First, we consider the question of whether there was sufficient evidence to submit to the jury the question as to whether the confession was voluntary. The burden is on the State to prove that the confession was voluntary. Love v. State, 22 Ark. 336; Smith v. State, 74 Ark. 397, 85 S.W. 1123; and Cush v. State, 180 Ark. 448, 21 S.W.2d 616. And in determining whether a confession is voluntary the Court should look to the whole situation and surroundings of the accused. Dewein v. State, 114 Ark. 472, 170 S.W. 582; Brown v. State, 198 Ark. 920, 132 S.W.2d 15.

When the State sought to introduce the appellant's confession the hearing was recessed to the Judge's chambers for the Trial Judge to see if there was sufficient evidence of voluntariness to submit the issue to the jury. Such is in accordance with our frequently stated procedure. Charles v. State, 198 Ark. 1154, 133 S.W.2d 26; Brown v. State, 198 Ark. 920, 132 S.W.2d 15; Hendrix v. State, 200 Ark. 973, 141 S.W.2d 852; Nolan and Guthrie v. State, 205 Ark. 103, 167 S.W.2d 503. The Trial Judge correctly ruled that there was sufficient evidence offered to take the case to the jury on the voluntariness of the confession; and thereupon the hearing was resumed before the jury.

It was shown that the defendant, James Moore, and the three others thought to be implicated in the murder of M. R. Hamm, were taken into custody about 4:30 or 5:00 p.m. the afternoon of May 15th at a store near Texarkana; that the Prosecuting Attorney's office was at Arkadelphia, a distance of about eighty miles from Texarkana; that Moore and the other three accused persons were advised that they would be taken to Arkadelphia to the Prosecuting Attorney and then to the State Penitentiary at Cummings Farm; that the only stop made from Texarkana to Arkadelphia was at Hope (thirty-three miles from Texarkana) for the purpose of placing a telephone call to the Prosecuting Attorney's office; that in going from Texarkana to Arkadelphia the four prisoners were on the back seat of the car and three officers were on the front seat of the car; that the prisoners slept a considerable portion of the trip from Texarkana to Arkadelphia; that they reached the Prosecuting Attorney's office in Arkadelphia about 8:00 p.m.; that in the Prosecuting Attorney's office the prisoners were served with food; that the prisoners were questioned separately and sometimes together; that Moore was advised that he did not have to make any statement; that Moore's statement was made freely and voluntarily; that the statement was signed by him; that the *913 other prisoners likewise made and signed their statements; and that all of the prisoners were then taken to the State Penitentiary at Cummings Farm for safekeeping.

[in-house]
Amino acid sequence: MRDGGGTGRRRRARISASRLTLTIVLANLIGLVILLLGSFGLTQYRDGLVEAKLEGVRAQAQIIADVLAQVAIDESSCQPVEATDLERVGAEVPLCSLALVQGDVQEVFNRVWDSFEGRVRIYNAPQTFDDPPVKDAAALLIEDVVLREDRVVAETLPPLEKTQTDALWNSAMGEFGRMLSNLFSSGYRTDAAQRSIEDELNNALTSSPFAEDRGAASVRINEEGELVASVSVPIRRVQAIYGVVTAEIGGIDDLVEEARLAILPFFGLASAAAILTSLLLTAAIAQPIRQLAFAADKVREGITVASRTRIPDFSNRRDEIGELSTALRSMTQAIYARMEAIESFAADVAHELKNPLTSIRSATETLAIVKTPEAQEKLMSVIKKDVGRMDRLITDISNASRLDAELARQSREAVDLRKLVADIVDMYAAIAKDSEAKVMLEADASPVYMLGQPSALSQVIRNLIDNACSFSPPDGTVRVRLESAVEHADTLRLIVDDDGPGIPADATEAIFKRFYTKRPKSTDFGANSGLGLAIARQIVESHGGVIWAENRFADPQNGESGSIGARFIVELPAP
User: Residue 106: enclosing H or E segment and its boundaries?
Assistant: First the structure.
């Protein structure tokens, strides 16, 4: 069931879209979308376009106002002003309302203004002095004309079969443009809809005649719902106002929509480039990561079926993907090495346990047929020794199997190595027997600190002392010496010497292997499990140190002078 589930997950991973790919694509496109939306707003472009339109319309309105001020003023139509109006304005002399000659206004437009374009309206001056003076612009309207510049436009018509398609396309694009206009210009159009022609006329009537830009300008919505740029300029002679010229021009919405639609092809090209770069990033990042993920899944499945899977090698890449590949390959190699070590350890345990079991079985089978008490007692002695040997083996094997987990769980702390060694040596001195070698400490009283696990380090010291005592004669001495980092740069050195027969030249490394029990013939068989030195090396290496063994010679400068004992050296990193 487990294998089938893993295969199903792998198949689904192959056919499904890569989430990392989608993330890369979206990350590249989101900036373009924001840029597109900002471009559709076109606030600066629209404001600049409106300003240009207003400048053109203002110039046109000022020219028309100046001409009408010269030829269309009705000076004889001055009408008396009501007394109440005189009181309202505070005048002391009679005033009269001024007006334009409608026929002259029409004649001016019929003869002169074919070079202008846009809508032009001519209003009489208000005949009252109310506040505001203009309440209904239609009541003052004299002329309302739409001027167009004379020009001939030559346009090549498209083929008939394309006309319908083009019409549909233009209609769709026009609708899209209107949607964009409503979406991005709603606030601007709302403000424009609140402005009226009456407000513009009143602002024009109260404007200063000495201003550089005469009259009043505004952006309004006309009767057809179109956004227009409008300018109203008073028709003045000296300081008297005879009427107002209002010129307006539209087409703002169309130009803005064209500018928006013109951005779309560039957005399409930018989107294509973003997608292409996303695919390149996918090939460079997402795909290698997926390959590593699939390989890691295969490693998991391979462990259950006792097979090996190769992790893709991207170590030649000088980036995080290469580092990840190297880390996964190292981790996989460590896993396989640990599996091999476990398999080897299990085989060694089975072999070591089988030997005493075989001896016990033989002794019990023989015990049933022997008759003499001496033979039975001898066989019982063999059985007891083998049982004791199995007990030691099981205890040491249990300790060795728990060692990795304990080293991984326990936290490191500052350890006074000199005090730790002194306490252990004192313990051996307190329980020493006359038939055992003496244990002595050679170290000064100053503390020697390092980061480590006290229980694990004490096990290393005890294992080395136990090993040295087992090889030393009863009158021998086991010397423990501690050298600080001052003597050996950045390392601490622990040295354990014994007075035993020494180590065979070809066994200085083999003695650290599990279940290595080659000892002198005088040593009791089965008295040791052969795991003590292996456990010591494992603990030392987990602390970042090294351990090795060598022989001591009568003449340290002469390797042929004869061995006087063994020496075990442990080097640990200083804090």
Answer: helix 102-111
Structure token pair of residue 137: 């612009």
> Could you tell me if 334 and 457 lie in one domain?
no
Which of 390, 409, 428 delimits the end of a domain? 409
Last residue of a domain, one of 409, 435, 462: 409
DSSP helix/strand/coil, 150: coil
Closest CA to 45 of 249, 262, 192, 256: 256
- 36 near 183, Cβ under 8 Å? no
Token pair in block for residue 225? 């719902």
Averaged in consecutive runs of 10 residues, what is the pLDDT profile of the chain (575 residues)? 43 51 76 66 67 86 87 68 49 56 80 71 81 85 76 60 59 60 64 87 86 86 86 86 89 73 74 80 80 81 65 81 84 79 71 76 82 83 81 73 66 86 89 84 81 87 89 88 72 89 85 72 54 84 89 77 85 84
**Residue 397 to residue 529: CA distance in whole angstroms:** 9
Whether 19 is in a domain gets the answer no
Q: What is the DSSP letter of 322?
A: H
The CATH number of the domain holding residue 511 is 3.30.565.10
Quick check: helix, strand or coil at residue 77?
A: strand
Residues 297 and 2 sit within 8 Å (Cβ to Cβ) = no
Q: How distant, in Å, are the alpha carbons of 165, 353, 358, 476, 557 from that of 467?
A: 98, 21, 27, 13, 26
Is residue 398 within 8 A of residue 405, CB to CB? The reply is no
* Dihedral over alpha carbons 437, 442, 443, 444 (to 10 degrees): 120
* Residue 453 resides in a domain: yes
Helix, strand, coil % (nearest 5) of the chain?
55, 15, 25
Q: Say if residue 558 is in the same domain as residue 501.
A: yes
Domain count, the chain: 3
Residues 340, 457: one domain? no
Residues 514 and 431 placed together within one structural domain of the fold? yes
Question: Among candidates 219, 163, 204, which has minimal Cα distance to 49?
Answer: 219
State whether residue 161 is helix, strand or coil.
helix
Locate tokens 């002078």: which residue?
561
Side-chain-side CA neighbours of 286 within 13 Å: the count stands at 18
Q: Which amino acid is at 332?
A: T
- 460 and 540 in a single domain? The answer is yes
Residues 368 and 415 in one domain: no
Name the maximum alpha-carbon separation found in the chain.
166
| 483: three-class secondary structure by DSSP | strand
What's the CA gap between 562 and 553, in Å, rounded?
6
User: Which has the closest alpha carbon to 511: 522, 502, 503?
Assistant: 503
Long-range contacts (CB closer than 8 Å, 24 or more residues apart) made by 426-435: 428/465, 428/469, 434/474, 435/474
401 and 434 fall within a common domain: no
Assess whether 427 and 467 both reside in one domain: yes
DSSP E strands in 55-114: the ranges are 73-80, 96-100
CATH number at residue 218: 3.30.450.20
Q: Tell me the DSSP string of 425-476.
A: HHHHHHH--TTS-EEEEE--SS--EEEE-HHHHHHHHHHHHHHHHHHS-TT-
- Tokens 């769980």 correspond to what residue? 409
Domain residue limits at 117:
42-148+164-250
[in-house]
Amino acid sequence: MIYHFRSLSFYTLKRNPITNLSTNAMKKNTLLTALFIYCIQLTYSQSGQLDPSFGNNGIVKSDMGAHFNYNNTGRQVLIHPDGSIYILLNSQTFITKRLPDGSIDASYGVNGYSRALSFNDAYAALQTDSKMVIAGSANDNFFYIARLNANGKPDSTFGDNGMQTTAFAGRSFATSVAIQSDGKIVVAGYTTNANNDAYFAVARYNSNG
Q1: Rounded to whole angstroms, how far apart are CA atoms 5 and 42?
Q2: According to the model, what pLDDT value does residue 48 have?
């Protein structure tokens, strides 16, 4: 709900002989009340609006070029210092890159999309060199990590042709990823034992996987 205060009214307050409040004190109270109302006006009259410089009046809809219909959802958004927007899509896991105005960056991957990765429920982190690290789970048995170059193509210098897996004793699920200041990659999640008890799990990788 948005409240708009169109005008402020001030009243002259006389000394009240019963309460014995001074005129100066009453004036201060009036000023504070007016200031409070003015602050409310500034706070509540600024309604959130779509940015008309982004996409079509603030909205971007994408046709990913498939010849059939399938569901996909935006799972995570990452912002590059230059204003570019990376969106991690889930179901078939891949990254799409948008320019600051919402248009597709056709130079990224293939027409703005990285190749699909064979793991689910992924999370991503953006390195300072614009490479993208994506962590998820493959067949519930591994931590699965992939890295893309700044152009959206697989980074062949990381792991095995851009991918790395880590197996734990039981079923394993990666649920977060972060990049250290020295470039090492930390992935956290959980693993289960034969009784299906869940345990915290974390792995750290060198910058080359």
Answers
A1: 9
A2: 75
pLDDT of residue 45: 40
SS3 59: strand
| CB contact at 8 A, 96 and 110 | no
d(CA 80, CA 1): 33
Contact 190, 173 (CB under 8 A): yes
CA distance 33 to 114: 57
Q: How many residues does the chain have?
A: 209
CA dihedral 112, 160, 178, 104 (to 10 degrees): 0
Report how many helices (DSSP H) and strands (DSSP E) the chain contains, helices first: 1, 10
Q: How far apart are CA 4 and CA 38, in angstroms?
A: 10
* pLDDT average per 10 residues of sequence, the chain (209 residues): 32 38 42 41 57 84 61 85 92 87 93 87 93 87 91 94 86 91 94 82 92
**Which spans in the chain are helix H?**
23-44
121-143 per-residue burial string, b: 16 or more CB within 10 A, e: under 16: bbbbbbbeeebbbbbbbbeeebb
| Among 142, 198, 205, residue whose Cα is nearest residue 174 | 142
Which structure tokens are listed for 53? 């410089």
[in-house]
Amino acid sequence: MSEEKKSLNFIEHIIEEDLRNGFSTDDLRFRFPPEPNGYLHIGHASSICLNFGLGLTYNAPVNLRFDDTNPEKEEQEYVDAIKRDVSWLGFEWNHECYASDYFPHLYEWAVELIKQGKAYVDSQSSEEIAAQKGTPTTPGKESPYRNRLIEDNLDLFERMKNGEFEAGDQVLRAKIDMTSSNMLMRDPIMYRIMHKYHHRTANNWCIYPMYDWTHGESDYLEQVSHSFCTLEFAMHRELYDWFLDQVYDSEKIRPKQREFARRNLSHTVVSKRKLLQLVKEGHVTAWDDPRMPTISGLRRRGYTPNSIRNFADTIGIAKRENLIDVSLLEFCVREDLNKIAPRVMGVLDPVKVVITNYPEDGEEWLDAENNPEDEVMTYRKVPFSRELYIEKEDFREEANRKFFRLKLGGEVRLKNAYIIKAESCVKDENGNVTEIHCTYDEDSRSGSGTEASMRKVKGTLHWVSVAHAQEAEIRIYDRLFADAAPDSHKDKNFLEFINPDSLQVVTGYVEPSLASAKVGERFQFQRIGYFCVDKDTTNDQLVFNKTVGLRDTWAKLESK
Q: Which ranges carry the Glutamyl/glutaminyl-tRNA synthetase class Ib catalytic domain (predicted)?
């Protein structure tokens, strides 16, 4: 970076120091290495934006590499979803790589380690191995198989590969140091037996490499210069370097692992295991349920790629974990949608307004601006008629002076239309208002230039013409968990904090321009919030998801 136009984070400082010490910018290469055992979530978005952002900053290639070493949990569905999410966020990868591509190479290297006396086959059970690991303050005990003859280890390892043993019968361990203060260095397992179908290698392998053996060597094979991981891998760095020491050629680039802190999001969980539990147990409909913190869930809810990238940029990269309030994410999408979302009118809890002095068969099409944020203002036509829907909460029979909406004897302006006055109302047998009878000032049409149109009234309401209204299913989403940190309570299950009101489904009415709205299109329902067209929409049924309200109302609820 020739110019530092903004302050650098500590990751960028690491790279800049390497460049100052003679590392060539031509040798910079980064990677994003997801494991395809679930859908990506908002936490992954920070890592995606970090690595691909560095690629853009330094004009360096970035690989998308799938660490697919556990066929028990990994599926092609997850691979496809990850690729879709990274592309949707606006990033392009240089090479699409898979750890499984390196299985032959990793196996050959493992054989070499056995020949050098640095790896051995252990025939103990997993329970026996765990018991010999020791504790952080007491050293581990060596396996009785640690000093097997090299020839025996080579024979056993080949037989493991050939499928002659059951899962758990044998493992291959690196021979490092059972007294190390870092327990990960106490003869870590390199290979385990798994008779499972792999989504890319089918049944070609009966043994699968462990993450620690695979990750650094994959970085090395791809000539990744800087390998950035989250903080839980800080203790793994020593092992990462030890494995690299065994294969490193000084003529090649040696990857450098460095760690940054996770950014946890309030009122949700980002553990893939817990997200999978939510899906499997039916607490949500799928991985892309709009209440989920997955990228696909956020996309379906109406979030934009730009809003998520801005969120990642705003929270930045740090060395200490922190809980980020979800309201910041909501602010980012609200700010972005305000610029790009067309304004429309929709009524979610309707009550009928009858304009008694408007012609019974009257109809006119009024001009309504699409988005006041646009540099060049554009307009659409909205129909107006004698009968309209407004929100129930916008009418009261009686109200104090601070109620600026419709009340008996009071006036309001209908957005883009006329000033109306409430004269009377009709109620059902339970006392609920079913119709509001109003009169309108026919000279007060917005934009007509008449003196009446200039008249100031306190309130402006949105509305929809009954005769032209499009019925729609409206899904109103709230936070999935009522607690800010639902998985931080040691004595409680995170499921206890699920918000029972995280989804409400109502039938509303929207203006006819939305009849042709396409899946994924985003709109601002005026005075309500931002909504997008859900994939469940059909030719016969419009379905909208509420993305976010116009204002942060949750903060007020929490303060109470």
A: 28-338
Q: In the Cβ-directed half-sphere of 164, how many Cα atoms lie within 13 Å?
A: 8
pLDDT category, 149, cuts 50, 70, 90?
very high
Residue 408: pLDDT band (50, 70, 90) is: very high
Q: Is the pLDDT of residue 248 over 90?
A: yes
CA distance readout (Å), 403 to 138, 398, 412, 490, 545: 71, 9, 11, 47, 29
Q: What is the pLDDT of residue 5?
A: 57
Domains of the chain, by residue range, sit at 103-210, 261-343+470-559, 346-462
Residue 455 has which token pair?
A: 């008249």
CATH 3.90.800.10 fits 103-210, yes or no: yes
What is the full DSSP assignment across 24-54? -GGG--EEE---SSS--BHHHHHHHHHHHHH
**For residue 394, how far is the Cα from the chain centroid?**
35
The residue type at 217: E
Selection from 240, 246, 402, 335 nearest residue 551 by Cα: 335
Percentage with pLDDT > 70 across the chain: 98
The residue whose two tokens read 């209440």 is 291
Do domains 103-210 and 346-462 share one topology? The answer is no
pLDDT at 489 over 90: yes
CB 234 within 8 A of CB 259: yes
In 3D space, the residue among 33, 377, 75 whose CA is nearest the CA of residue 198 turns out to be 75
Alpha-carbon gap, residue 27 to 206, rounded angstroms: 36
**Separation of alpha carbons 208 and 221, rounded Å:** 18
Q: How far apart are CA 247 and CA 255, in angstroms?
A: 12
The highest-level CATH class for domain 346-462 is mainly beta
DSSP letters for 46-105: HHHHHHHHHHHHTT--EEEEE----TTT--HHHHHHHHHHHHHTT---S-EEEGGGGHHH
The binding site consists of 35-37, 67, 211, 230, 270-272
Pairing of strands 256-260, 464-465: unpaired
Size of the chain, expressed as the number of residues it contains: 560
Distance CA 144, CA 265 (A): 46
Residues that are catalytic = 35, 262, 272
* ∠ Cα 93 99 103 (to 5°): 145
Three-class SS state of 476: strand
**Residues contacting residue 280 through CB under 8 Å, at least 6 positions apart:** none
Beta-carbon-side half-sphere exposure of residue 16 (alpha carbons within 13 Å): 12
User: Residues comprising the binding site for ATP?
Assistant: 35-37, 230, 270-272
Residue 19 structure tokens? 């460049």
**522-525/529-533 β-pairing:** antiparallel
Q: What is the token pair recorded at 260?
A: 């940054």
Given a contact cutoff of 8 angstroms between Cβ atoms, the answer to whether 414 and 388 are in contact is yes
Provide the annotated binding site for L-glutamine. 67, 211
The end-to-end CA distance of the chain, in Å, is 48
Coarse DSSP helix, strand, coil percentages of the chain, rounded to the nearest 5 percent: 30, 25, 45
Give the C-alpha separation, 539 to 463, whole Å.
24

The Court Reporter who took down the statements, testified that Moore gave direct answers to the questions asked, and that the statement he signed was in his own words. The defendant testified that he was scared and, therefore, the confession was not voluntary.[8] But he admitted that he was never threatened or struck or beaten; also he admitted that there were no harsh words used by the Prosecuting Attorney. So, under the evidence as stated, and other in the record, we conclude that it was a question of fact for the jury as to whether the confession was voluntary.

The second objection argued under this topic relates to the statements that the other prisoners made regarding Moore's participation in the homicide of Mr. Hamm. There was testimony that all four of the prisoners participated in the robbery and murder of Mr. Hamm. It was shown that the statements made by the other prisoners were made in Moore's presence and not denied by him in any way. In fact, he tacitly admitted the statements to be true. This evidence of the statements by the other prisoners in Moore's presence tending to implicate him in the crime was admissible testimony under our holding in Martin v. State, 177 Ark. 379, 6 S.W.2d 293, wherein we said: "* * * it is a general rule that the statements of one accomplice made in the presence and hearing of another which are not contradicted by him are admissible in evidence against him as an admission on his part for his failure to contradict them. Polk v. State, 45 Ark. 165; Ford v. State, 34 Ark. [649], 654."